This mindset:
is reinforced by stereotypes
ignores societal inequalities, injustices that perpetuate poverty (Gorski, 2008b)
Locates the causes of poverty within individuals, not society (Gorski, 2010)

Do we look at the face only, or do we look at the root of the issue?
http://en.wikipedia.org/wiki/Democratic_Party_(United_States)
http://www.enkivillage.com/differences-
between-democrats-and-republicans.html
(Walter Bennett/Time & Life Pictures/Getty Images)
Group scenarios
Discuss:

What does this say about the culture of poverty? How would you handle this situation as an educator?
http://www.theguardian.com/world/2008/nov/17/china-poverty-united-nations-growth
Gorski, P. (2008a). Peddling poverty for profit: Elements of oppression in Ruby Payne’s framework. Equity and Excellence in Education, 41(1), 130-148.
Gorski, P. (2008b). The myth of the culture of poverty. Educational Leadership, 65(7), 32-36.
Gorski, P. (2010). Unlearning deficit ideology and the scornful haze: Thoughts on authenticating the class discourse in education,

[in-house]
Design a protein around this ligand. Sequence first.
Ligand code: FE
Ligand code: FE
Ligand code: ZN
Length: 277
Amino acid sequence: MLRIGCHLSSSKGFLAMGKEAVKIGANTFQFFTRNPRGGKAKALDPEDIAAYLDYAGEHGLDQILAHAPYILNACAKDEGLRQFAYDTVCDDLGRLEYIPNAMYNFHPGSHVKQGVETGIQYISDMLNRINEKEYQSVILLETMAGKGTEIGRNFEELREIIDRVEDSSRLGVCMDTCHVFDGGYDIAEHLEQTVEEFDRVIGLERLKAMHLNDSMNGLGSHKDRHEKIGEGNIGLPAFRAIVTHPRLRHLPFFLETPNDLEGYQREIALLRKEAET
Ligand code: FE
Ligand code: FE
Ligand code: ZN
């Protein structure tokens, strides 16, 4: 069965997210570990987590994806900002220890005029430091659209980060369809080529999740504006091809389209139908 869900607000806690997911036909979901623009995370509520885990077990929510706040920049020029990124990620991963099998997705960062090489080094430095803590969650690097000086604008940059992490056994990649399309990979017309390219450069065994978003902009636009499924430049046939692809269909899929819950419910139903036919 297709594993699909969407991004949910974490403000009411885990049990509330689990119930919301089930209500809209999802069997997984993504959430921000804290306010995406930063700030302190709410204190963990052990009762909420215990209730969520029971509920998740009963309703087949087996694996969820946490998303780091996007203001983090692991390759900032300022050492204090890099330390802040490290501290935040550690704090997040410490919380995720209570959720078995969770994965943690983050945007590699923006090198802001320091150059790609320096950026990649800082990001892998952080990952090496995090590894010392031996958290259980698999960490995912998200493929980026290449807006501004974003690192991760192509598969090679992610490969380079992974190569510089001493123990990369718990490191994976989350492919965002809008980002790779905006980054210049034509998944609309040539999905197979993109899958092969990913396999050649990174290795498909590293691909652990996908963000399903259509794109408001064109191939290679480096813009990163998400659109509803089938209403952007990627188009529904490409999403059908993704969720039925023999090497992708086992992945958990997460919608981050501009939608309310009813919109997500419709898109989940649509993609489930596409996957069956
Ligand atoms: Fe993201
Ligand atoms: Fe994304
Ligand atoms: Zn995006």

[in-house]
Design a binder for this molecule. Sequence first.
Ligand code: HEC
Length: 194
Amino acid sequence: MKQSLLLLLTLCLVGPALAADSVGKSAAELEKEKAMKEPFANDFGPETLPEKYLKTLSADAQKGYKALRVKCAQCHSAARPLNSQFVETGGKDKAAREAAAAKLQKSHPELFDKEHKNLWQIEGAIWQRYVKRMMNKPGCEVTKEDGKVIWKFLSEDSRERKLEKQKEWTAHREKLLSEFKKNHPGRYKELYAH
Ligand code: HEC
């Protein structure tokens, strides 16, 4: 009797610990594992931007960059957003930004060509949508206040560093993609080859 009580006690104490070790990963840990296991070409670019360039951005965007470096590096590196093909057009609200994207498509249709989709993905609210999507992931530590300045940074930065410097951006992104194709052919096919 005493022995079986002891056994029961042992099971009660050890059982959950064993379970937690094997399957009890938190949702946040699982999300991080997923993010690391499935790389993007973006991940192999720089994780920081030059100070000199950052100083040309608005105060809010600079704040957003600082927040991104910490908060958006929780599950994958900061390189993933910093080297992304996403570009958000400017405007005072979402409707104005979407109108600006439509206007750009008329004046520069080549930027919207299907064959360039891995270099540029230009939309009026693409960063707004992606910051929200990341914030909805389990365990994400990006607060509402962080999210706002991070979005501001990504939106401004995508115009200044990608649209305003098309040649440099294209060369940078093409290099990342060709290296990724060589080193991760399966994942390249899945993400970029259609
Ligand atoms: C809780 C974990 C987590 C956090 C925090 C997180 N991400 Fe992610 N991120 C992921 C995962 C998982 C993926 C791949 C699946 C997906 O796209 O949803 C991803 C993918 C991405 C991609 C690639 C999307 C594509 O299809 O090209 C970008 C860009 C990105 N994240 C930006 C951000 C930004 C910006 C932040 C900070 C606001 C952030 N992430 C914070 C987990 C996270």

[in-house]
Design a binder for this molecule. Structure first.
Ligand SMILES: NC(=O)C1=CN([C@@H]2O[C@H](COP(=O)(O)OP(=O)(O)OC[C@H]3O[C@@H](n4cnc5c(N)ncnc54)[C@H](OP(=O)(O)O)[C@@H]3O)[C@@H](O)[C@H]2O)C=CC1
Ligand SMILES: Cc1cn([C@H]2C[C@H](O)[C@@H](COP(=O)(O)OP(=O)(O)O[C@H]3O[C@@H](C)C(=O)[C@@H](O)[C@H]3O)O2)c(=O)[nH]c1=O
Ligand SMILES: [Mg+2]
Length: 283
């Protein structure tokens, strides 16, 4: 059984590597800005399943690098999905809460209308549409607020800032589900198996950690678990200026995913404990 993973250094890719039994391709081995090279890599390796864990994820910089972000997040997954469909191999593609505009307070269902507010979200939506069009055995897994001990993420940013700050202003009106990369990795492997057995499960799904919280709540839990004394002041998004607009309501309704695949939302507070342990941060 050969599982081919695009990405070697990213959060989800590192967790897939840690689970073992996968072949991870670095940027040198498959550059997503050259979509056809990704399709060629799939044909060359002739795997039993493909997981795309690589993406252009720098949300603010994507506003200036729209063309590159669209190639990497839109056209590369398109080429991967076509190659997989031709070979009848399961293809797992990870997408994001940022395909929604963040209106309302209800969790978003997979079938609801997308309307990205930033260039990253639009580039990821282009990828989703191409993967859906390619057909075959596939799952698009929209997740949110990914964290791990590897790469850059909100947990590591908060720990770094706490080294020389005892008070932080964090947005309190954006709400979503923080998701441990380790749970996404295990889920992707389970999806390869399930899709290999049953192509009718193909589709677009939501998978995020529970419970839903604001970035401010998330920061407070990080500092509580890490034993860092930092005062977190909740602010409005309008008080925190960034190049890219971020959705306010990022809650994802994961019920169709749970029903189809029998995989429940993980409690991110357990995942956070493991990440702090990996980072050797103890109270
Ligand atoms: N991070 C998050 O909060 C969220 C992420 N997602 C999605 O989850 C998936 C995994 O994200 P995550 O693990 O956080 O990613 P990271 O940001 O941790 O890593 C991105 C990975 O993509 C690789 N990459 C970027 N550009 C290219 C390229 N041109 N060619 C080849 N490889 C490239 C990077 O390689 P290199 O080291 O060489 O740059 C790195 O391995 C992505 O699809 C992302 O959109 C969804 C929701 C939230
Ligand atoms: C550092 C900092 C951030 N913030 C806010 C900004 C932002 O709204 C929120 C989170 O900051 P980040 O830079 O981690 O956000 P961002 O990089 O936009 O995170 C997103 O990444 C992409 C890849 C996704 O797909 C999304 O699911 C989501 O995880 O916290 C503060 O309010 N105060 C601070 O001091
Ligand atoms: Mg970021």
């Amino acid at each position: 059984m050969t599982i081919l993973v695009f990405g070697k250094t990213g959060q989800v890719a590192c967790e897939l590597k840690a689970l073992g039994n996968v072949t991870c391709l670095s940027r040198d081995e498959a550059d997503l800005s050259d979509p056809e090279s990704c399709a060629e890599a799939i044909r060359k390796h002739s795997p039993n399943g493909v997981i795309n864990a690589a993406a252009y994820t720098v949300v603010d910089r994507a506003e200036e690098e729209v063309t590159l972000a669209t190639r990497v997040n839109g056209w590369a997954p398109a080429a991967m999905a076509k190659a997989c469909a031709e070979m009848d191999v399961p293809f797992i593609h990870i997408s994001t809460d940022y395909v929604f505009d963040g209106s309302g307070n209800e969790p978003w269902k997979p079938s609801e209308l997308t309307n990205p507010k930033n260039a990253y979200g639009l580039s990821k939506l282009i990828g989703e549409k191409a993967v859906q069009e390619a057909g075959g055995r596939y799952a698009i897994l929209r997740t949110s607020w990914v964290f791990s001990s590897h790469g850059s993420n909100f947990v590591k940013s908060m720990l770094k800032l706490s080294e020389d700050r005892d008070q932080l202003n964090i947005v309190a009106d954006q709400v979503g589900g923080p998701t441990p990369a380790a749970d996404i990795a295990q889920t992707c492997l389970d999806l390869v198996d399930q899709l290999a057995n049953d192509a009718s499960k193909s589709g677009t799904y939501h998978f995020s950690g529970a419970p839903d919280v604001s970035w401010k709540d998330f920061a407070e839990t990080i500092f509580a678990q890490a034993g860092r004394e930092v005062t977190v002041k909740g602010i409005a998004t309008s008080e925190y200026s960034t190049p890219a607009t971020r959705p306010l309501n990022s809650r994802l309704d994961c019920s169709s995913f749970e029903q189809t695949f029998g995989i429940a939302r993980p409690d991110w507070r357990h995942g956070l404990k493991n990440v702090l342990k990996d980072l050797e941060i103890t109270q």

Gorski, P. (2012). Teaching against essentialism and the culture of poverty. In P. Gorski, K. Zenkov, N. Osei-Kofi, & J. Sapp (Eds.), Cultivating social justice teachers: How teacher educators have helped students overcome cognitive bottlenecks and learn critical social justice concepts. Sterling, VA: Stylus.
http://v.qq.com/cover/2/2lqopmrgci0g5hg/s001464sm3m.html
Ravitch, D. (2014). Reign of Error: The hoax of the privatization movement and the danger to America’s public schools. New York, NY: Vintage Books.
Rogalsky, J. (2009). "Mythbusters": Dispelling the culture of poverty myth of urban classrooms.
"War on Poverty." http://www.childtrends.org/our-research/poverty/war-on-poverty/. Accessed April 29, 2015.
Wrigley, T. (2012). Poverty and Education in an age of hypocrisy. Education Review, 24(2), pp. 90-98.
Wynn, L. (2003). The attitude of AFDC recipients towards work. Sociation Today 1(3). http://www.ncsociology.org/sociationtoday/v2/wynn.htm